Alum Calid Bowen ’10 on Building a Creative Life
For alum Calid Bowen ’10, life as an artist started as an undergraduate at Ohio State University. “I got my start in music by making beats in the dorm room for other college kids and up-and- coming artists,” he says. His work as a producer, songwriter, and rapper was fulfilling—but it didn’t pay the bills. “When it came to music [in Columbus] there wasn’t really much of a scene,” he says.
Soon, Bowen started thinking of other ways to jump-start his career and build transferrable skills that could help him be strategic about his goals. After a friend mentioned that she was going to Columbia College Chicago for graduate school, Bowen decided to apply too. He liked Columbia; the idea that he would be taught by working professionals and build connections with like-minded artists appealed to him. But he was still concerned about learning enough to tackle the business end of building a creative life. Would this degree—a Master of Arts Management in the Music Business—ever lead to anything resembling financial success?
The question of whether or not that success was even possible was answered at least in part during orientation by (former) Music Department faculty member James “Kimo” Williams. “He kind of got us with a little bit of bait,” Bowen remembers, laughing. “He pulled out two checks for $10,000 a piece--they were his publishing royalty checks. And I got kind of googly-eyed like, ‘Oh man, somebody's actually making money on music! And he's not famous or anything, but he still got money.’” It was a revelatory moment. He saw, firsthand, that it was possible to aspire to a life of creative fulfillment and pay the bills.
That day, during orientation, Bowen had no way of knowing that his experience at Columbia College Chicago would do much more than provide connections and technical expertise in his chosen field. He was, however, determined to wade deep into every area of opportunity he could find. “The resources at Columbia are pretty second-to-none, especially in the Midwest,” Bowen says. The opportunity, for example, to start the hip-hop division of AEMMP Records, the country’s oldest student-run record label, was foundational to Bowen’s experience. Bowen also sat on the Graduate Student Advisory Board, helping students to connect to institutional leadership in and outside of the classroom.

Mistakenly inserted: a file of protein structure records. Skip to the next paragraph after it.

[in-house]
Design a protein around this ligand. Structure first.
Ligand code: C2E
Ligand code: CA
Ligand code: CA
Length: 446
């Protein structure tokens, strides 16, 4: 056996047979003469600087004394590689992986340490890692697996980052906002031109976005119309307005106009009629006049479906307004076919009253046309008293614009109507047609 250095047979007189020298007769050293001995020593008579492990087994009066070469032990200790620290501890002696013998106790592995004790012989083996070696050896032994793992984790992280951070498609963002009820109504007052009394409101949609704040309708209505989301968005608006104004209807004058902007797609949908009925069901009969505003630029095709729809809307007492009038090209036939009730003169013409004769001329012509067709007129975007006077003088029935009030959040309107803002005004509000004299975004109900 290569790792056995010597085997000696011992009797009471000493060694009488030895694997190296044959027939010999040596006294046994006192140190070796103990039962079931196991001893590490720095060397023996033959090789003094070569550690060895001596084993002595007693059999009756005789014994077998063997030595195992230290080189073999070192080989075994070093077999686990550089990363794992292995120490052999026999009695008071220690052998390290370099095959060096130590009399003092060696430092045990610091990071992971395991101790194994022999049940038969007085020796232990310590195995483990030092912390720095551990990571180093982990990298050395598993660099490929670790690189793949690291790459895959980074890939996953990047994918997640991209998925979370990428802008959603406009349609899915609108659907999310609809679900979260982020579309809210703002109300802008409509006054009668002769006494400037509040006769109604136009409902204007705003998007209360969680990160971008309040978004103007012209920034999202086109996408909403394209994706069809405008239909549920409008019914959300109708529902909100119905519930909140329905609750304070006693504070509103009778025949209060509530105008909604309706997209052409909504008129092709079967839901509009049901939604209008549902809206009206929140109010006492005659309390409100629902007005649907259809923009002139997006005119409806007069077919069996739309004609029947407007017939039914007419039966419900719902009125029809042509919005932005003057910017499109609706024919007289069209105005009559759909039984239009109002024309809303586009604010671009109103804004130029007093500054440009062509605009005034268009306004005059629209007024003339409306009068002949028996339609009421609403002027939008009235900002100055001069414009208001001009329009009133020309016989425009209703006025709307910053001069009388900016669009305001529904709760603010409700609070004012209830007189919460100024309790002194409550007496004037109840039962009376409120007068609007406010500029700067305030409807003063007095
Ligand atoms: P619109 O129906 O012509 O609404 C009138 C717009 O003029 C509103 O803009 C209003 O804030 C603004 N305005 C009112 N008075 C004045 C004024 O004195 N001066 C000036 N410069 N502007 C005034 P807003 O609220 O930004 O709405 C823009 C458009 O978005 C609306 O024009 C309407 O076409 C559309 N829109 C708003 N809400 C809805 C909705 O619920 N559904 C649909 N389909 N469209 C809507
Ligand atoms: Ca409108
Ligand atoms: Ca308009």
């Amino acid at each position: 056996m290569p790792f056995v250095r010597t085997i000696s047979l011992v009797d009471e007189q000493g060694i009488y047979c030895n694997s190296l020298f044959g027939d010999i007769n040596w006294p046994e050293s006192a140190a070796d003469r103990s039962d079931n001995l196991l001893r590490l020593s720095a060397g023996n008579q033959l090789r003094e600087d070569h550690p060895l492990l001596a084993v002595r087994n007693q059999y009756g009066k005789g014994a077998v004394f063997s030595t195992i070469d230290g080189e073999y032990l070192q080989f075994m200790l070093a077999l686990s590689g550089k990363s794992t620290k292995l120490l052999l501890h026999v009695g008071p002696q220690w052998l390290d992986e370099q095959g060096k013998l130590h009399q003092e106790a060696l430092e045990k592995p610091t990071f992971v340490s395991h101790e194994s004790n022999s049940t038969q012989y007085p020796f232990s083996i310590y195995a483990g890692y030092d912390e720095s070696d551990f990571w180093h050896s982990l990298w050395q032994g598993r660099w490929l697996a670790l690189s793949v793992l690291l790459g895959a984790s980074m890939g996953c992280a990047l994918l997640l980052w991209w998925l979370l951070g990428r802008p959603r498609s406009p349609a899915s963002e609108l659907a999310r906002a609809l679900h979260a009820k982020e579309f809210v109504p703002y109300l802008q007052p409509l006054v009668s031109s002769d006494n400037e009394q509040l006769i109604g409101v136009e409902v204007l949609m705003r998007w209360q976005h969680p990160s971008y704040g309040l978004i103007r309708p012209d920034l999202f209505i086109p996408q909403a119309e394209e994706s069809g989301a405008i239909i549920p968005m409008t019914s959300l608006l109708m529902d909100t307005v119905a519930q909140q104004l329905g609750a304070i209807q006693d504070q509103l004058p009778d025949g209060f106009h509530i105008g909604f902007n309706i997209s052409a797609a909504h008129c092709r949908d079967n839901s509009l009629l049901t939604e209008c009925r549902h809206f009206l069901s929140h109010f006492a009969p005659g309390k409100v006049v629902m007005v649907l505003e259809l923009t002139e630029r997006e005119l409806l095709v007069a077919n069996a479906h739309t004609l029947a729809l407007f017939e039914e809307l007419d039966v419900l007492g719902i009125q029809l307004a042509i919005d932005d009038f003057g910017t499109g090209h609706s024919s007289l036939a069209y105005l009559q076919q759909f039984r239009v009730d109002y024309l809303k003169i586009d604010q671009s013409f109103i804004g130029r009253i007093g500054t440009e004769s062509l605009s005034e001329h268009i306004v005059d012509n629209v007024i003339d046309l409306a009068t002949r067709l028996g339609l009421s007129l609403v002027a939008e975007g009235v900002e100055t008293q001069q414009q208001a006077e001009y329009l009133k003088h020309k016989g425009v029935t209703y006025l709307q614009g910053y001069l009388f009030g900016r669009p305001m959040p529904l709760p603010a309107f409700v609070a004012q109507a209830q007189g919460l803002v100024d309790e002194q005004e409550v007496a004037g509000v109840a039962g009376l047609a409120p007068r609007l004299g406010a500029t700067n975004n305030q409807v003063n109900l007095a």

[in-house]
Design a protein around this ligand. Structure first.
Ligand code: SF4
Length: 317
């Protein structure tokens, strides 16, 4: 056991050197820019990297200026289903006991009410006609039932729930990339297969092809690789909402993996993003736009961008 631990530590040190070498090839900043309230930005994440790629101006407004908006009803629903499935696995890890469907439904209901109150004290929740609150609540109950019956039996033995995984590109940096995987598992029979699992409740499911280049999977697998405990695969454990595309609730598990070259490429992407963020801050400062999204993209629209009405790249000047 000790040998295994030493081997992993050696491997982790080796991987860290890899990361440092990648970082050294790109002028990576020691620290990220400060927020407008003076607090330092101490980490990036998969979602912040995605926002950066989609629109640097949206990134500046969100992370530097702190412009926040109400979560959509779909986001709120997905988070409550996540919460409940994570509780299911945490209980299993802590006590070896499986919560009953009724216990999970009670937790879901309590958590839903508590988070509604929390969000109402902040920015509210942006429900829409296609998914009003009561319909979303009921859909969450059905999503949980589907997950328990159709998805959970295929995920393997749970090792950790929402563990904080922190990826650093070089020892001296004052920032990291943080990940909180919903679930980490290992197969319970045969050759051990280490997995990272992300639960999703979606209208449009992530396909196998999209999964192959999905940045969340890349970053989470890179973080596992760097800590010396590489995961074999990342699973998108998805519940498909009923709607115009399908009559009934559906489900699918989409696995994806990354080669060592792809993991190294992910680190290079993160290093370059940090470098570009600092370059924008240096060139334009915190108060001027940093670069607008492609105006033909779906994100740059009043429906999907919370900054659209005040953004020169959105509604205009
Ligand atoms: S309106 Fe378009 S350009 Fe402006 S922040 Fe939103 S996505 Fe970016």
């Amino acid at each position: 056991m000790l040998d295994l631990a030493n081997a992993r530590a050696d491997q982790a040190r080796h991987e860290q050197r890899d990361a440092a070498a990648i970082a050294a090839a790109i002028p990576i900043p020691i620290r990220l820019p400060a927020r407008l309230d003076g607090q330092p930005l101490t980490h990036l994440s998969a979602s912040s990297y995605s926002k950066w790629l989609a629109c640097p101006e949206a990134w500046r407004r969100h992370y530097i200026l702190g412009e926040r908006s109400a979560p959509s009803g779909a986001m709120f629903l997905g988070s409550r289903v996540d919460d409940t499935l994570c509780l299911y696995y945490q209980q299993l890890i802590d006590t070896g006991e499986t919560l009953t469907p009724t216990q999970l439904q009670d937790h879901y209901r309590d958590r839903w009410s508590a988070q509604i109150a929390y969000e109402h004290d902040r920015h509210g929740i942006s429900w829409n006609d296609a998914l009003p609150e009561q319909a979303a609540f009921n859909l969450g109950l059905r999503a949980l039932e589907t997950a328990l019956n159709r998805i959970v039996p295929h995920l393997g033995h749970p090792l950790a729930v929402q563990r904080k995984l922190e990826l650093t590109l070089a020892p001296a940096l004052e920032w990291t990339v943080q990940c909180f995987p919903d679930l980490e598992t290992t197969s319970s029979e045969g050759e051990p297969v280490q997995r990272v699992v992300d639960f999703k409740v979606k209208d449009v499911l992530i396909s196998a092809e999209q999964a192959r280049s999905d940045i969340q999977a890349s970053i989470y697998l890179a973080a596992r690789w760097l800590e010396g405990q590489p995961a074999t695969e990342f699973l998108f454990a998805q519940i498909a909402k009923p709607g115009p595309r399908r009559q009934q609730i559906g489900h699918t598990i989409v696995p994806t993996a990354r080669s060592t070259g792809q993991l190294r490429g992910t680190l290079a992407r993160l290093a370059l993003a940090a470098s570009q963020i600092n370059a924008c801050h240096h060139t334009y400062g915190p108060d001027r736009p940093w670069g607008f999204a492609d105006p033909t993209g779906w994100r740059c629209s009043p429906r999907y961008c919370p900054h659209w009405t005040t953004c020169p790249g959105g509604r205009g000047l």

Upon graduation, Bowen realized that not only did he have the opportunity to continue to make music as Calid B (aka Plaintain Papi), he also had skills in-demand by some of the city’s most respected creative agencies. He carved out a niche in social media and strategy by honing his newly minted skills with agencies including Translation, DDB, and Epsilon. Today, he works as a Strategy Director & Web3 Lead at OLIVER Agency. These roles gave him the opportunity to work in thought leadership, build creative networks, and learn from some of the most long-standing successful brands around.
At the same time, Bowen remained dedicated to the music and dedicated to giving back to the institution that gave him so much. Beginning in 2018, Bowen returned to Columbia and taught Marketing 200, Internet and Mobile Business 200. It was an experience that was joyfully fulfilling, and one he only set (temporarily) aside to manage the needs of his newest agency. “I’m not teaching right now, and it’s killing me, too,” Bowen says. “I’m hoping to get back into it.”
Today, Bowen is also hard at work on an innovative new venture, Plantapes Vol. 1, a hybrid music NFT project that will be released on the Polygon blockchain. This venture, which connects Bowen’s love of music with his love of food, is in partnership with a business called Kelewele, based in Brooklyn, known for their plantain-based offerings. For a musician known as Plaintain Papi this is, as he says, “the perfect partnership.” Though the full offering remains in development, Calid notes that “If you buy the NFT album from me, then you'll get access to token-gated private recipes and delectables from Kelewele.” Together, the musician/producer and culinary artist hope to provide transporting experiences that challenge their audience to grow and think in new ways. “With all of my ventures I’m leaning into what I really, really want to do,” Bowen says. “It’s definitely happening, and I’m excited about it.”